Today’s celestial skies still bear names with etymological roots embedded firmly in Arabic; indeed, two-thirds of the common names for stars in star catalogues around the world are Arabic in origin. This includes the brilliant red star Aldebaran (alpha Tauri), which was attested during the pre-Islamic period, before 610 CE. The Arabic name of this star, ‘ad-dabaran’ translates to ‘the Follower’, so named because it follows on the heels of the most renowned celestial cluster in the ancient Arabian night sky, ath-Thuraya; a star so highly celebrated by the culture of the time that it was often simply referred to as the ‘star’ (an-najm).

Known today as the Pleiades, oral history tells us that ath-Thuraya was enamoured by the Follower but was thwarted by the presence of the star commonly referred to today as Capella, then known as the ‘Impeder’, which forever blocked their path to true love. Several additional modern star names point to the storied arms of ath-Thurayyā (kaff ath-Thurayya), including Caph (from kaff, meaning ‘hand’), Mirfak (al-mirfaq - from mirfaq, meaning ‘elbow’) and Menkib (al-mankib - from mankib, meaning ‘shoulder’). Other modern astronomical terms still recognised by their Arabic names include Alhidade, Azimuth, Almucantar, and the stars of the Summer Triangle- the Vega, Altair and the Deneb.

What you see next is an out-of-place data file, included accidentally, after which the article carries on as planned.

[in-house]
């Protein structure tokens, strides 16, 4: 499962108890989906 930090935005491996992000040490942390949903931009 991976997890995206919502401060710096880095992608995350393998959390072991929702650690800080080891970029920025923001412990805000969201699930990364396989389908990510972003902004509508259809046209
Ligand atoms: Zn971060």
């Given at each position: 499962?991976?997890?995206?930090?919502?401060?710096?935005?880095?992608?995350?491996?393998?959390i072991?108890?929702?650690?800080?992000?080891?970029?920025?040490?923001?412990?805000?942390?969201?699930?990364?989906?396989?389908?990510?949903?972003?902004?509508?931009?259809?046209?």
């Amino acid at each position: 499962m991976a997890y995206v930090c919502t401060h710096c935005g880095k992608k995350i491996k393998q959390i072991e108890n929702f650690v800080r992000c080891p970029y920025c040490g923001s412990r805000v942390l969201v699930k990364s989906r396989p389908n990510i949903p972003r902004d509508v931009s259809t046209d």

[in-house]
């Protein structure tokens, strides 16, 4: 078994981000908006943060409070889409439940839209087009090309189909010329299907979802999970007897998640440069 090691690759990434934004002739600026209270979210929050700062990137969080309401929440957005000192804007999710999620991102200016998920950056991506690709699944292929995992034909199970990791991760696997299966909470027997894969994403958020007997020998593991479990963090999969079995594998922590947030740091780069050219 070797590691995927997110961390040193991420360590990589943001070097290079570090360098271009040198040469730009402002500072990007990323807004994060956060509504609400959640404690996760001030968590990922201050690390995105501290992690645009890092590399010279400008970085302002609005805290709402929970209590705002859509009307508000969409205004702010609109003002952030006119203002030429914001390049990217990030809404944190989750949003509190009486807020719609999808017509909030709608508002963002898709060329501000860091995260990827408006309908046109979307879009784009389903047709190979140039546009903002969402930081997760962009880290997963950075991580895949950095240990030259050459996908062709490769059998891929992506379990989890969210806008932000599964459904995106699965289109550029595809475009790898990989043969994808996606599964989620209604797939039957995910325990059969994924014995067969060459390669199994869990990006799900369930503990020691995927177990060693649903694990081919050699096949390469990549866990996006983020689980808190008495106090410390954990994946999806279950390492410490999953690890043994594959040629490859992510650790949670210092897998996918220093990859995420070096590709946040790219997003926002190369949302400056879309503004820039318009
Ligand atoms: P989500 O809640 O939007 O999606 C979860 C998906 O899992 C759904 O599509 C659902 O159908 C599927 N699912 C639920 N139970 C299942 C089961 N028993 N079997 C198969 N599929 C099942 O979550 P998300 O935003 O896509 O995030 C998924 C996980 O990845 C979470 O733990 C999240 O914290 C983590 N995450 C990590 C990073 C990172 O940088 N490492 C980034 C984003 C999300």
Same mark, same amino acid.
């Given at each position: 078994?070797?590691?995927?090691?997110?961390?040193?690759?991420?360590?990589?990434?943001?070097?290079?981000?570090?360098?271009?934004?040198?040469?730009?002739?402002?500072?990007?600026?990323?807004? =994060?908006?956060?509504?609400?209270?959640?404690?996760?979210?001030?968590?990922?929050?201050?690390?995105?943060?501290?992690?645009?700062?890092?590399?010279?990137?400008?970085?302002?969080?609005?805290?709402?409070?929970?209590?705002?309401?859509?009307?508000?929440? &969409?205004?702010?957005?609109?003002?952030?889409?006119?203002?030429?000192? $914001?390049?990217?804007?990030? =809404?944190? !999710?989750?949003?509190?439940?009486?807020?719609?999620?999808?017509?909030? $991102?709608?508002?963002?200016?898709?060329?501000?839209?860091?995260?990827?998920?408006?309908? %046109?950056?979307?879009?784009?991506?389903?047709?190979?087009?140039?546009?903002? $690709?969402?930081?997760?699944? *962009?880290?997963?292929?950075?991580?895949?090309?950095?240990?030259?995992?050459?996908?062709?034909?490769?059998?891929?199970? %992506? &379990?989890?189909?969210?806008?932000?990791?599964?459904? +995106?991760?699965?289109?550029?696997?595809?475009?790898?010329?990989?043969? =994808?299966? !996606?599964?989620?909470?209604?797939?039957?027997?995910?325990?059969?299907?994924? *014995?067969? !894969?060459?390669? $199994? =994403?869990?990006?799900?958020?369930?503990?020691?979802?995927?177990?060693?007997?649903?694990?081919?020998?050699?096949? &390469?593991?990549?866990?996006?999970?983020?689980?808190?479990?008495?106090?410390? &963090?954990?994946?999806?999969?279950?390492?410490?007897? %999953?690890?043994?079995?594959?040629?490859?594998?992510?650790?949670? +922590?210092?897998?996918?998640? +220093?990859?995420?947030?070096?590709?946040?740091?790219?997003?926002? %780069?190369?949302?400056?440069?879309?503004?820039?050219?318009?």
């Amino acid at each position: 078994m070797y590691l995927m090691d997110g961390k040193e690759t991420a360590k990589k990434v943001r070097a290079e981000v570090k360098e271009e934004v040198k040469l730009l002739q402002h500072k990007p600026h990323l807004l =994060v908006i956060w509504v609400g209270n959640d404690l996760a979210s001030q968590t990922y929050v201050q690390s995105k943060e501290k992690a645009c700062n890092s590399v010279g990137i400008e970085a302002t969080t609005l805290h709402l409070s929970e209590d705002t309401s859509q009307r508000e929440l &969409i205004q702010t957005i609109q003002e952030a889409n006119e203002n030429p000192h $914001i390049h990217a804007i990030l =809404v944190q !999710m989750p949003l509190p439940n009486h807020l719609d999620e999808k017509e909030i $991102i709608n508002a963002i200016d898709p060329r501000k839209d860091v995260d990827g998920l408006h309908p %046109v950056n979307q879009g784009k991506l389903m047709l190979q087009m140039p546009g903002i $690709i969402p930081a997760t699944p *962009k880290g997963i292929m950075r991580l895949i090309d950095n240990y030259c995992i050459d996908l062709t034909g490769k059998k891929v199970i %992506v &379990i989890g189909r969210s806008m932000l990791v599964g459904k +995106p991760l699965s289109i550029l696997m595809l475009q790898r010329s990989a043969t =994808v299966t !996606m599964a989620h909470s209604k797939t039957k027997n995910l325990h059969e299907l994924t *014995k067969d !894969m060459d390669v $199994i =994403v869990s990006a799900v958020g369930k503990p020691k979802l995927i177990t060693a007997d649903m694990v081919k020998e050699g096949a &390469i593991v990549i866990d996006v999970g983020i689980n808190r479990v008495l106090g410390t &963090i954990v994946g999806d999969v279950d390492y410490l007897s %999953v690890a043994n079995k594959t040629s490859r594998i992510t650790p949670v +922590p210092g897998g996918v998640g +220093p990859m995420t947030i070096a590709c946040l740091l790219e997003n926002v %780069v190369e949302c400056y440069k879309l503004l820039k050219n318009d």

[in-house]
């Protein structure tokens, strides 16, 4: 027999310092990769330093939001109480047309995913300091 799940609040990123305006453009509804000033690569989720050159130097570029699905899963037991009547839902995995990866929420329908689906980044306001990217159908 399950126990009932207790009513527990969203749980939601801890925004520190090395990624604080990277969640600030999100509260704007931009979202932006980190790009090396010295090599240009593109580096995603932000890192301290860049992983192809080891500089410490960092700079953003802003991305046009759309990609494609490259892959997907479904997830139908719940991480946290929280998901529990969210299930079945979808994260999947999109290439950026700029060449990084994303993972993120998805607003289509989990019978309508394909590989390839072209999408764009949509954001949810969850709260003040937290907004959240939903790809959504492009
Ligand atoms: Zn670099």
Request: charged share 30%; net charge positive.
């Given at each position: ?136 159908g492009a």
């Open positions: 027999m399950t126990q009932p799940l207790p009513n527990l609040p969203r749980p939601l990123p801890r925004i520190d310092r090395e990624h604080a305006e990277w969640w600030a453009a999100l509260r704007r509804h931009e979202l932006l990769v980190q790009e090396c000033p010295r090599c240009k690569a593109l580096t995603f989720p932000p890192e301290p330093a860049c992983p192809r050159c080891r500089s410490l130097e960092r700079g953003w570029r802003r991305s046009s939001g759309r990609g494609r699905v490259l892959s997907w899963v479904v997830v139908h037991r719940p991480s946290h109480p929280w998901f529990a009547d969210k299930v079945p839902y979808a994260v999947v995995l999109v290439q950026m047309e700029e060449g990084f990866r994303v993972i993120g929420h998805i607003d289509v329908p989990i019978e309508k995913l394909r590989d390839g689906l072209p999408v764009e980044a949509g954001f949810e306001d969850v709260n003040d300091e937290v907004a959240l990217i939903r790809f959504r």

(1) Light and Shadows over Petra: Astronomy and Landscape in Nabataean Lands | SpringerLink

“I arrived haphazardly when ath-Thuraya, high overhead, was like an aquatic bird soaring, Its rear parts—the Follower—flying in her tracks, yet neither falling behind nor overtaking her, With twenty small stars as if they—and he in the sky if he could speak— Were camels that he led riding widespread, riding camels that were about to scatter away from him, Both connected and dispersed, and One Urging drives them to the water from the heart of the spacious desert on their first night of travel.” Dhu r-Rumma (d. 735 CE)